HomeNewsBriefReport: Mexicans Demand Return of the Familia Michoacana
BRIEF

Report: Mexicans Demand Return of the Familia Michoacana

LA FAMILIA MICHOACANA / 1 FEB 2011 BY INSIGHT CRIME EN
  • The most quoted words in the news were those of Janet Napolitano, United States Homeland Security Secretary, who, according to the El Paso Times, said in a speech at a local university that Mexican DTOs should "[Not] even think about bringing your violence...across this border." Her defiant declarations come at a time when violence is increasing along Mexican northernmost states like Chihuahua, Tamaulipas and Baja California, all "plazas," or trafficking corridors, in dispute for smuggling drugs into the U.S. and money and arms back into Mexico.
  • A little over a week after the Mexican criminal gang, the Familia Michoacana, announced it was "dissolving," El Proceso says residents in Morelia and Apatzingan, the two principal cities in the state that the cartel is named after, are demanding the return of the group and the protection it provided (see photo above). Since its dissolution, there have been reports of a rise in crime in some municipalities. But authorities say the Familia is reeling, is responsible for the crime spree, and forces residents to support them on the streets so it appears they have more support than they really do.
  • In declarations to Mexican Congress, the Secretary of Public Security, Genaro Garcia Luna, said that internal consumption of illegal drugs has risen in the last two years, OEM of Mexico reports.
  • More than a month after the death of Pedro Oliveiro Guerrero, alias "Cuchillo," the leader of the criminal group, the Popular Revolutionary Antiterrorist Army of Colombia (Ejército Revolucionario Popular Antiterrorista Colombiano - ERPAC), his relatives are locked in a legal battle with Colombian authorities over the property he left behind. According to Caracol, authorities say the property should go to the victims of the former cartel head, who was slain in a December 24 police operation.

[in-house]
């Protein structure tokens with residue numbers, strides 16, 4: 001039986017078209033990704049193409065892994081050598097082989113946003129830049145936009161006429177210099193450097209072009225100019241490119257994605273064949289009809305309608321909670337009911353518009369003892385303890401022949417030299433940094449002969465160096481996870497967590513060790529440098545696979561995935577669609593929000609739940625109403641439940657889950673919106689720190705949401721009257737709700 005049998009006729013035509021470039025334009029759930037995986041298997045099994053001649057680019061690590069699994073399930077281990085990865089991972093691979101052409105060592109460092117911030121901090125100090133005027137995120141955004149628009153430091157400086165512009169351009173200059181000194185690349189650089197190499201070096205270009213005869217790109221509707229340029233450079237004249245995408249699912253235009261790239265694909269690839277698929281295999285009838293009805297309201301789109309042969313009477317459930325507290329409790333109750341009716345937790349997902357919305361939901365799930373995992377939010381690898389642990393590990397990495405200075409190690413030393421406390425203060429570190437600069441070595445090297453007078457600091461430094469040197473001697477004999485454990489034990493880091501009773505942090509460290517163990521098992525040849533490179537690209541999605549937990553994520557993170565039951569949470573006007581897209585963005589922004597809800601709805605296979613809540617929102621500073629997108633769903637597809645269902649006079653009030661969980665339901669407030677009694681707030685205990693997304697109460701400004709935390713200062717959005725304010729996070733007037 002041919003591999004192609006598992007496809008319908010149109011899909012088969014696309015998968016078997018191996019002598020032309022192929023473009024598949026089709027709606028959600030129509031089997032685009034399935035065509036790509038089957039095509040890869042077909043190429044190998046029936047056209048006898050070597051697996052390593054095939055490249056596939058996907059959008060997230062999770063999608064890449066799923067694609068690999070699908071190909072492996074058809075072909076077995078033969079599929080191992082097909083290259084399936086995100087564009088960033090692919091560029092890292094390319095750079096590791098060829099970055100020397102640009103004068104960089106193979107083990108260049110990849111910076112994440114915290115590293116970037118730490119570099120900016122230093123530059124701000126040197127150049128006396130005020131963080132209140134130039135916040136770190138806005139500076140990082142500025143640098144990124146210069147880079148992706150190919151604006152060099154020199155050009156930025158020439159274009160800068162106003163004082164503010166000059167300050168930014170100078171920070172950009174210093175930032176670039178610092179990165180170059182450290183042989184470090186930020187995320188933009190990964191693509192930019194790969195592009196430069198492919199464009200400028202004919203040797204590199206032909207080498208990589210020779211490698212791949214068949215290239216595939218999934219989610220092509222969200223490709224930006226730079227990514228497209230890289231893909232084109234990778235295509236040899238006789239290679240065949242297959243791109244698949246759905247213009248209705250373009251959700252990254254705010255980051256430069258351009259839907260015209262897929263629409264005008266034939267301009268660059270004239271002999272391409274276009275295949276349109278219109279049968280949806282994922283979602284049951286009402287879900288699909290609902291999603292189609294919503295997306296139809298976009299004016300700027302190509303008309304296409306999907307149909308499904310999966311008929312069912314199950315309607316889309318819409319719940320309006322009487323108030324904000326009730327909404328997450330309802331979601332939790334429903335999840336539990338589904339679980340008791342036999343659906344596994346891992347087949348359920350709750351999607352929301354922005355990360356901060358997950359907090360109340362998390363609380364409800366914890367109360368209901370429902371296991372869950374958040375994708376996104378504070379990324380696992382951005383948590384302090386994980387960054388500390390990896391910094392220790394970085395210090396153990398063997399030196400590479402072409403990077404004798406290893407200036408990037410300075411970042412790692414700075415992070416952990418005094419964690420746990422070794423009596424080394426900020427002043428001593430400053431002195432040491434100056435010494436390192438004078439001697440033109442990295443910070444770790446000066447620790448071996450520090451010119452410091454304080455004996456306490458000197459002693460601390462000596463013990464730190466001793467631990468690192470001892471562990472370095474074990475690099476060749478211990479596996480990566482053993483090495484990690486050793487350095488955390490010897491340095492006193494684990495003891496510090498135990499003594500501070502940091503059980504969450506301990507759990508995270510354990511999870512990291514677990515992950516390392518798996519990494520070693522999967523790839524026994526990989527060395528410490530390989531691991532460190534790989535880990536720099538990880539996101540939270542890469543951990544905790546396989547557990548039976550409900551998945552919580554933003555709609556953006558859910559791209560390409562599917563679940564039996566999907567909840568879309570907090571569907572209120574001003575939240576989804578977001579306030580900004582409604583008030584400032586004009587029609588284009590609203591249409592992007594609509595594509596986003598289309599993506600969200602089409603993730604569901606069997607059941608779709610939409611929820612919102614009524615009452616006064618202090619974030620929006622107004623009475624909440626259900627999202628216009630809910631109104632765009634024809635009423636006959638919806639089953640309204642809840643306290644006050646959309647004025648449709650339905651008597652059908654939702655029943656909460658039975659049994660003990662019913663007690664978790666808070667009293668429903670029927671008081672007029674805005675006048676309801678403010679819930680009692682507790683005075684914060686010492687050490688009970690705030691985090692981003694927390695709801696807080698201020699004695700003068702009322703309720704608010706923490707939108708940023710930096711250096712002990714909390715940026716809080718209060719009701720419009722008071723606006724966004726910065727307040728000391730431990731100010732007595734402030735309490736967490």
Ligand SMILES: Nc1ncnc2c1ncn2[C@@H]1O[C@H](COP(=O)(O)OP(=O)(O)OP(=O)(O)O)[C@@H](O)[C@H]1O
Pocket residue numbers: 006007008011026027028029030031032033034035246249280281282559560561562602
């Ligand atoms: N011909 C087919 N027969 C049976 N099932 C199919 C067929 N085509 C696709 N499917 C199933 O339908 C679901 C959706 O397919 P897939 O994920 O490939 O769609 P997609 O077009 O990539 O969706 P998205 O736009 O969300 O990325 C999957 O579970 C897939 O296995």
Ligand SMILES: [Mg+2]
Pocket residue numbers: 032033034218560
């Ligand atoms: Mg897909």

• After a months-long lobbying effort to eliminate coca leaf from the United Nations' Vienna Convention Against Narcotics, Bolivian President Evo Morales has admitted defeat, La Razon newspaper says, and will no longer push for that goal. Instead, he will try to categorize the convention as illegal.
share icon icon icon

Was this content helpful?

We want to sustain Latin America’s largest organized crime database, but in order to do so, we need resources.

DONATE

What are your thoughts? Click here to send InSight Crime your comments.

We encourage readers to copy and distribute our work for non-commercial purposes, with attribution to InSight Crime in the byline and links to the original at both the top and bottom of the article. Check the Creative Commons website for more details of how to share our work, and please send us an email if you use an article.

Was this content helpful?

We want to sustain Latin America’s largest organized crime database, but in order to do so, we need resources.

DONATE

Related Content

EL SALVADOR / 15 FEB 2022

On March 2, 2021, El Salvador police announced an unexpected arrest: that of Hugo Armando Quinteros Mineros, alias “Flaco.” His…

CHINA AND CRIME / 29 SEP 2021

Mexican geoduck clam populations are suffering as legal harvests are threatened by rampant poaching, which has driven the species onto…

COCAINE / 18 MAY 2022

Early investigations indicate the CJNG is striking partnerships with drug rings in Guatemala that receive shipments of cocaine from Colombia…

About InSight Crime

LA ORGANIZACIÓN

Extensive Coverage of our Chronicles of a Cartel Bodyguard

23 SEP 2022

Our recent investigation, A Cartel Bodyguard in Mexico’s 'Hot Land', has received extensive media coverage.

THE ORGANIZATION

InSight Crime, American University Host Illegal Fishing Panel

19 SEP 2022

InSight Crime and the Center for Latin American & Latino Studies (CLALS) at American University discussed the findings of a joint investigation on IUU fishing at a September 9 conference.

THE ORGANIZATION

Impact on the Media Landscape

9 SEP 2022

InSight Crime’s first investigation on the Dominican Republic made an immediate impact on the Dominican media landscape, with major news outlets republishing and reprinting our findings, including in …

THE ORGANIZATION

InSight Crime Sharpens Its Skills

2 SEP 2022

Last week, the InSight Crime team gathered for our annual retreat in Colombia, where we discussed our vision and strategy for the next 12 months.  During the week, we also learned how to…

THE ORGANIZATION

Colombia’s Fragile Path to Peace Begins to Take Shape

26 AUG 2022

InSight Crime is charting the progress of President Gustavo Petro’s agenda as he looks to revolutionize Colombia’s security policy, opening dialogue with guerrillas, reforming the military and police, and…